From Wikipedia, the free encyclopedia
Jump to: navigation, search
The Sound of Gighay looking northwest from Càrais on Hellisay
The Sound of Gighay looking northwest from Càrais on Hellisay
Hellisay is located in Outer Hebrides
Hellisay shown within the Outer Hebrides
OS grid reference NF756040
Gaelic name Theiliseigh
Meaning of name Old Norse: island of the caves
Area and summit
Area 142 hectares (0.55 sq mi)
Area rank 127=[1]
Highest elevation Meall Meadhonach 79 metres (259 ft)
Population 0
Island group Uists and Barra
Local Authority Na h-Eileanan Siar
Flag of Scotland.svg Lymphad3.svg
References [2][3][4]

Hellisay (Gaelic: Theiliseigh) is an island in the southern Outer Hebrides of Scotland. The narrow Sound of Gighay lies between Hellisay and its neighbouring island.

Geography and geology[edit]

Bàgh Hintis looking west

Hellisay lies between Barra and Eriskay. One of a string of islands in the Sound of Barra, Hellisay lies close to its neighbour Gighay, with a narrow channel, the Sound of Gighay, between.

The bedrock is mainly gneiss with quartz veins.[3]

There are several peaks on the island including Beinn a' Chàrnain in the west (mountain of the small cairn; 73 metres (240 ft)), Meall Meadhonach (middle rounded hill; 79 metres (259 ft)) and Meall Mòr (east of Meall Meadhonach and south of the peninsula of Càrais; 76 metres (249 ft)).


Along with a variety of seabirds, raptors including falcons and golden eagles have been seen on Hellisay.[3] The island has a profusion of sea thrift[3] and the Sound of Gighay has been described as a "quiet secret place of wild irises and marshmallows".[5]


The island's name is Old Norse in origin. It possibly means "island of the caves", which appears to be confirmed by the name Rubha na h-Uamh (headland of the cave) in the east of the island. However, Blaeu's map has "Hildesay", which suggests that the name may derive from the Norse for "Hilda's Island".[3]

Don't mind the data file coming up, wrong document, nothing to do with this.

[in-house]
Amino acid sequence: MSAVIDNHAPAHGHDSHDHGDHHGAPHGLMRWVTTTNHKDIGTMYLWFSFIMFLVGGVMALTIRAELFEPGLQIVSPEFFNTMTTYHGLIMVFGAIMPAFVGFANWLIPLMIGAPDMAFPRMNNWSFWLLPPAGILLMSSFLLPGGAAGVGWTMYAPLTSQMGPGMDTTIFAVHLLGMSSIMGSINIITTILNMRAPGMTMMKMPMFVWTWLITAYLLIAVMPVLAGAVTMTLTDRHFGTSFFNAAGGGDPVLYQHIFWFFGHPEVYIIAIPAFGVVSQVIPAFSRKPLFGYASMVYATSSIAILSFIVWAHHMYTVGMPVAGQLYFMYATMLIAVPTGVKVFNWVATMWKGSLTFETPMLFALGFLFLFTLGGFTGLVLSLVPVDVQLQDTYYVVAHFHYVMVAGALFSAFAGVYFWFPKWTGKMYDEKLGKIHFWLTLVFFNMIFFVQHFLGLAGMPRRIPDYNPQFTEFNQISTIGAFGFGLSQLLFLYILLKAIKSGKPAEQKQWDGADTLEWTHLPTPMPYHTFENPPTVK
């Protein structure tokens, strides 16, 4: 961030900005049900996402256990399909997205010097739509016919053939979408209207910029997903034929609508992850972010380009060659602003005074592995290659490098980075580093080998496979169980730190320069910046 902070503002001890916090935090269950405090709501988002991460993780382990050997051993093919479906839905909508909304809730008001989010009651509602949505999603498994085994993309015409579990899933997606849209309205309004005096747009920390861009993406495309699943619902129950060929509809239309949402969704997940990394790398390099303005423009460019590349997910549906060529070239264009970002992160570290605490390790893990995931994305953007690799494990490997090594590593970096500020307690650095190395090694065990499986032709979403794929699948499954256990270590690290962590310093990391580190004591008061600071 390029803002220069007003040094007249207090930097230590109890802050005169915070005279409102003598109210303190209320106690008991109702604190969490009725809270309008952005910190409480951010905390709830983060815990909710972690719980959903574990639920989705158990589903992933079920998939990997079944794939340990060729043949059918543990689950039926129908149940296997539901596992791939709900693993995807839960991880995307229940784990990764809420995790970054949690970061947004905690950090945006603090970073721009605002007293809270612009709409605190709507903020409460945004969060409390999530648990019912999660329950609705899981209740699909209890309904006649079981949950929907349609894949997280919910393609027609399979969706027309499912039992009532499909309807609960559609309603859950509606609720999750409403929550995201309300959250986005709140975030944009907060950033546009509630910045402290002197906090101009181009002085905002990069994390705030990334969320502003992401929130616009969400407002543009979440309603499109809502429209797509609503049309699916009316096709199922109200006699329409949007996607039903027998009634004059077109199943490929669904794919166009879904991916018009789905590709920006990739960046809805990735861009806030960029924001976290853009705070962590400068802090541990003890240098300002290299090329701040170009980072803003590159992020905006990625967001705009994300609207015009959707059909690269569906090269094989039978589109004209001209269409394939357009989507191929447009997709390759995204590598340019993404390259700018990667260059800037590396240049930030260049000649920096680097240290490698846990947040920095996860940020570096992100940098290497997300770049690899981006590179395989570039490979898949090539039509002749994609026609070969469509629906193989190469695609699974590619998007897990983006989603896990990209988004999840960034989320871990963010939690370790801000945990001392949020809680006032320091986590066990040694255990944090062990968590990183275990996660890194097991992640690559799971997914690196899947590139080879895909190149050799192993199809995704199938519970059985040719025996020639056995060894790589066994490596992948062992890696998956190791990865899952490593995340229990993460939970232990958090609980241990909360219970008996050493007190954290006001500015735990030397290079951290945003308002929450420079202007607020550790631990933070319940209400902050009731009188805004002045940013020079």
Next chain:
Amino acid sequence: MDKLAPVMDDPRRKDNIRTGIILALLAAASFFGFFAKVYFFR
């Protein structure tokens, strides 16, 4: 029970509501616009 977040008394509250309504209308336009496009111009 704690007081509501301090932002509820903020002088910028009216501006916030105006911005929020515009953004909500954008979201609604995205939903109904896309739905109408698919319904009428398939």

Hellisay from Gighay

The island's settlement was at Buaile Mhòr (anglicised to Bualavore and meaning "the big fold") near Eilean a' Ghamhna in the north west of the island. The remains of a sheep pen and a well can still be seen.

Like so many other islands in the region, Hellisay was badly affected by the Highland Clearances. Firstly, refugees from clearances in neighbouring islands swelled the population, and latterly the island's inhabitants themselves were evicted, and many went to live on Eriskay. The population peaked at 108 in 1841, and the island was cleared in the 1840s - however it continued to have some inhabitants up until 1890.[3]

Alasdair Alpin MacGregor's stories reveal a rich folklore and mythology extant on the island, possibly only a fraction of which has been preserved.[3]

  1. ^ Area and population ranks: there are c. 300 islands >20ha in extent and 93 permanently inhabited islands were listed in the 2011 census.
  2. ^ National Records of Scotland (15 August 2013) (pdf) Statistical Bulletin: 2011 Census: First Results on Population and Household Estimates for Scotland - Release 1C (Part Two). "Appendix 2: Population and households on Scotland’s inhabited islands". Retrieved 17 August 2013.
  3. ^ a b c d e f g Haswell-Smith (2004) pp. 226-28
  4. ^ Ordnance Survey. Get-a-map (Map). 1:25,000. Leisure. http://www.ordnancesurvey.co.uk/oswebsite/getamap/. Retrieved 21 August 2013.
  5. ^ "Best of Scotland's islands". (9 August 2013) Highland News. Retrieved 16 October 2013.


Coordinates: 57°01′N 7°21′W / 57.017°N 7.350°W / 57.017; -7.350